New swine flu found in China has pandemic potential

Cheryl Sanders
June 30, 2020

A new strain of swine flu with "pandemic potential" has been identified by scientists in China, according to a newly-released study. But he warned people must not lose sight of potentially risky new viruses when distracted with the coronavirus.

As per the paper, published in Proceedings of the National Academy of Sciences (PNAS), the virus has already jumped to humans, and 10.4% of swine workers have been infected.

"The likelihood that this particular variant is going to cause a pandemic is low", said Dr. Martha Nelson, who read the study.


The new flu strain that has been identified in China is similar to 2009 swine flu, but with some new changes.

Liu Jinhua of China Agricultural University in Beijing and George Gao of the Chinese Center for Disease Control and Prevention led a team of researchers to investigate the influenza viruses in China's pig herds. Meanwhile, if researchers were to notice an uptick in G4-caused flu cases, they could quickly move to develop antivirals and vaccines against it.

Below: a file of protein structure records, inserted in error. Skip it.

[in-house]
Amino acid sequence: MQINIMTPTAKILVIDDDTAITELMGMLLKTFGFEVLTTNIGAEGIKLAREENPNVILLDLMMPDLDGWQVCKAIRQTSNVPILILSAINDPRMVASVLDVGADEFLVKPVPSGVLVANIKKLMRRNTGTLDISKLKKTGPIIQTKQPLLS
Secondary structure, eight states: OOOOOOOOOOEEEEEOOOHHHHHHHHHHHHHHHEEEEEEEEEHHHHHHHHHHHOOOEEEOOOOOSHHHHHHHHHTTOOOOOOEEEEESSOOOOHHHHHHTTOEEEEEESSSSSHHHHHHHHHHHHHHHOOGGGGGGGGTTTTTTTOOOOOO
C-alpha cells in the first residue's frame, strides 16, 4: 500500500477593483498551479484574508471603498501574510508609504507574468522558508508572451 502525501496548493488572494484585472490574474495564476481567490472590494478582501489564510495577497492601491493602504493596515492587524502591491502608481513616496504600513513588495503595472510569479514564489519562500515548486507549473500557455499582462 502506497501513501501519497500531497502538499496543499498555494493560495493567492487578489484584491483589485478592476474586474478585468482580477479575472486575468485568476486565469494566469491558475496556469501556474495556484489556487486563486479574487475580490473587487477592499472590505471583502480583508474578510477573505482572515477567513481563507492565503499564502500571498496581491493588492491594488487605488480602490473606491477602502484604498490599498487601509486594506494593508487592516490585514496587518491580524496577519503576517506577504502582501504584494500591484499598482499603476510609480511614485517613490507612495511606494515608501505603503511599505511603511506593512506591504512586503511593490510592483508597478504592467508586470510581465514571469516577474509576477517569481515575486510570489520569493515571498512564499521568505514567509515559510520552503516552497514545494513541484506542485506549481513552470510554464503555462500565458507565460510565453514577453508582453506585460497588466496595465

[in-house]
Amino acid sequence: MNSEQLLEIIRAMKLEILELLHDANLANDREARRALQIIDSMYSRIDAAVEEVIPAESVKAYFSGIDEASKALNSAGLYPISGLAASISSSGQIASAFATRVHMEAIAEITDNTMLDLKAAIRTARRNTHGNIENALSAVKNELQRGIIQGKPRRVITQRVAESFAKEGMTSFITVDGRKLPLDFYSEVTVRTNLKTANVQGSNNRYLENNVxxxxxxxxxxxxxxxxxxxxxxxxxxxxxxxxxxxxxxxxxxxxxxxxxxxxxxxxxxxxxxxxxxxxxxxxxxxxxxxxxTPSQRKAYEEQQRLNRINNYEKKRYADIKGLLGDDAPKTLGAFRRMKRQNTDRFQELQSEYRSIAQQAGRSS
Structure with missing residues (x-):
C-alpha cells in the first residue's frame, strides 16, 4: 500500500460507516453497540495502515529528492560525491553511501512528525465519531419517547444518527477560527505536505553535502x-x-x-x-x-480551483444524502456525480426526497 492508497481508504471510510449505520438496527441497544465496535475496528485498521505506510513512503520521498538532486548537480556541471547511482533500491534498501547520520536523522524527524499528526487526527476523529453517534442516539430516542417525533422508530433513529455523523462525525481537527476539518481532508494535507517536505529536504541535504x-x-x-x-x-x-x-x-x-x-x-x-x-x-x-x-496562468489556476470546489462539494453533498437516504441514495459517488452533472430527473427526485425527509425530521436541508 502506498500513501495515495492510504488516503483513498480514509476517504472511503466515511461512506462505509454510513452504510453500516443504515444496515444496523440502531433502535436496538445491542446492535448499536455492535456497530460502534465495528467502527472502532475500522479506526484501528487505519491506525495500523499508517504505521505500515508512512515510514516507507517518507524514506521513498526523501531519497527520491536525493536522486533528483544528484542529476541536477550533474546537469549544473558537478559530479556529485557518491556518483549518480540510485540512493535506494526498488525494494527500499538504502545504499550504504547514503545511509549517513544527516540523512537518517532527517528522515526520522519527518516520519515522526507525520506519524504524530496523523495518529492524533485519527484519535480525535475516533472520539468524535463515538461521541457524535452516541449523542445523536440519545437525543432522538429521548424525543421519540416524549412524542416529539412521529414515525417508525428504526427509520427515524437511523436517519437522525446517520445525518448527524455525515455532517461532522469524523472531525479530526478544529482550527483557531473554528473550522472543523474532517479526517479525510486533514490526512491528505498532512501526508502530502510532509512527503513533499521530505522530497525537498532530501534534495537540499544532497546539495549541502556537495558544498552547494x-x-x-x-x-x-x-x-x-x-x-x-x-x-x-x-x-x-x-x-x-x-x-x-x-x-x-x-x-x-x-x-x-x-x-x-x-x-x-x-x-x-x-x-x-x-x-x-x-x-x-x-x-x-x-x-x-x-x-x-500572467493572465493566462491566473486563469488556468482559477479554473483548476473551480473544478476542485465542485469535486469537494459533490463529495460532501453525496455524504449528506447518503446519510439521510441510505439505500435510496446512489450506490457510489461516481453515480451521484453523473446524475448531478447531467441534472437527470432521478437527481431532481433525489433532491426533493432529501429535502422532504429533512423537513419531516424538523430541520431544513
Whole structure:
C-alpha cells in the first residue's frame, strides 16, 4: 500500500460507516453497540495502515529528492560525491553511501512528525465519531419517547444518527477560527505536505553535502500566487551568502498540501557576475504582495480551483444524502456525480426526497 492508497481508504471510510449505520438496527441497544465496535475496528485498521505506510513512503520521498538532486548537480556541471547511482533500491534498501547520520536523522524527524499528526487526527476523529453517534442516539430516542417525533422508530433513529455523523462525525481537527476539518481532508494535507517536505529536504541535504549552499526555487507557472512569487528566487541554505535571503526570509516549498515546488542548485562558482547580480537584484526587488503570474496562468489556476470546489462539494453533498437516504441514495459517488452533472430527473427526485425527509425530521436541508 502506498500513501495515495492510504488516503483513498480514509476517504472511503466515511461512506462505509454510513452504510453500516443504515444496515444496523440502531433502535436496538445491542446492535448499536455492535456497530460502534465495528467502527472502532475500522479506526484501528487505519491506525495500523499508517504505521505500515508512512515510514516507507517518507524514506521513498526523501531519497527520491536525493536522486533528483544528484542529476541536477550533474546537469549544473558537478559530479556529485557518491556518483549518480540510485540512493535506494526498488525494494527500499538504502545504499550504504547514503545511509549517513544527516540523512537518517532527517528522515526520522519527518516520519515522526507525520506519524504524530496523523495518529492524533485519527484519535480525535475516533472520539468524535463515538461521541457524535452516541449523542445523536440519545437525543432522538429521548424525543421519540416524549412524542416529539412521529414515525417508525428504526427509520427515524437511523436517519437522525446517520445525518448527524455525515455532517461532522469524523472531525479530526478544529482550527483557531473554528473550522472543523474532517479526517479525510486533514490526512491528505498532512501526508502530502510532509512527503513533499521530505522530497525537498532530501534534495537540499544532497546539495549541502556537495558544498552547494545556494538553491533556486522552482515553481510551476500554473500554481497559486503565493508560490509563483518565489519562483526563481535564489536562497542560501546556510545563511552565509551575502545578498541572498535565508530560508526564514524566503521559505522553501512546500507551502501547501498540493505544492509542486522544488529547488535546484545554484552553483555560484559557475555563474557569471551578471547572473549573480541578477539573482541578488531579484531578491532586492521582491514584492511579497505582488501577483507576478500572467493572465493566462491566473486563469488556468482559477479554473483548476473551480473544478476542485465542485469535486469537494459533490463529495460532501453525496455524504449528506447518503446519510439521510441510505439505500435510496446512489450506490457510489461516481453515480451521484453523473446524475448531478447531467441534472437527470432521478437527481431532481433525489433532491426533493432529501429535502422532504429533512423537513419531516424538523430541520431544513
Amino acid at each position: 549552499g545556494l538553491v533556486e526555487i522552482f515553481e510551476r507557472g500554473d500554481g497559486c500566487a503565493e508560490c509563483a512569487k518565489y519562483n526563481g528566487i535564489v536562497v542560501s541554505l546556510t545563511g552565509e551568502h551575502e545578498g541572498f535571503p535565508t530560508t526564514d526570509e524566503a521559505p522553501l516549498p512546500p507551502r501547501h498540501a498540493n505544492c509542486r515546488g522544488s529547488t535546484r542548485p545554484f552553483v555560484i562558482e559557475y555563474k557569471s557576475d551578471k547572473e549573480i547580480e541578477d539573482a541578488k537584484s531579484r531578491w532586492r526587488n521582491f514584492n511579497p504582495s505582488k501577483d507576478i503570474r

G4 was observed to be highly infectious, replicating in human cells and causing more serious symptoms in ferrets than other viruses.


"It is of concern that human infection of G4 virus will further human adaptation and increase the risk of a human pandemic", the researchers wrote. They found 179 swine influenza viruses, most of which were G4.

The scientists who found the virus have shown concerns that this virus can mutate further. "The likelihood that this particular variant is going to cause a pandemic is low", said the expert who studies pig influenza viruses in the US and their spread to humans.

"Pork and poultry are also very popular across Asia, so there are huge numbers of the animals in the region - in fact, current statistics show over half the world's pig population is in China". The researchers found antibodies to the G4 strain in 4.4% of 230 people studied in a household survey-and the rate more than doubled in swine workers.


"It would make sense to continue to monitor this closely, and to make preparations for a vaccine for this strain - these measures have both been suggested elsewhere", says Dr Welch. Influenza viruses that commonly circulate in swine are called "swine influenza viruses" or "swine flu viruses". "Making the seed stock is not a big deal, and we should have it ready", Webster says. Nelson says US farms commonly do, but the vaccine has little effect because it's often outdated and doesn't match circulating strains.

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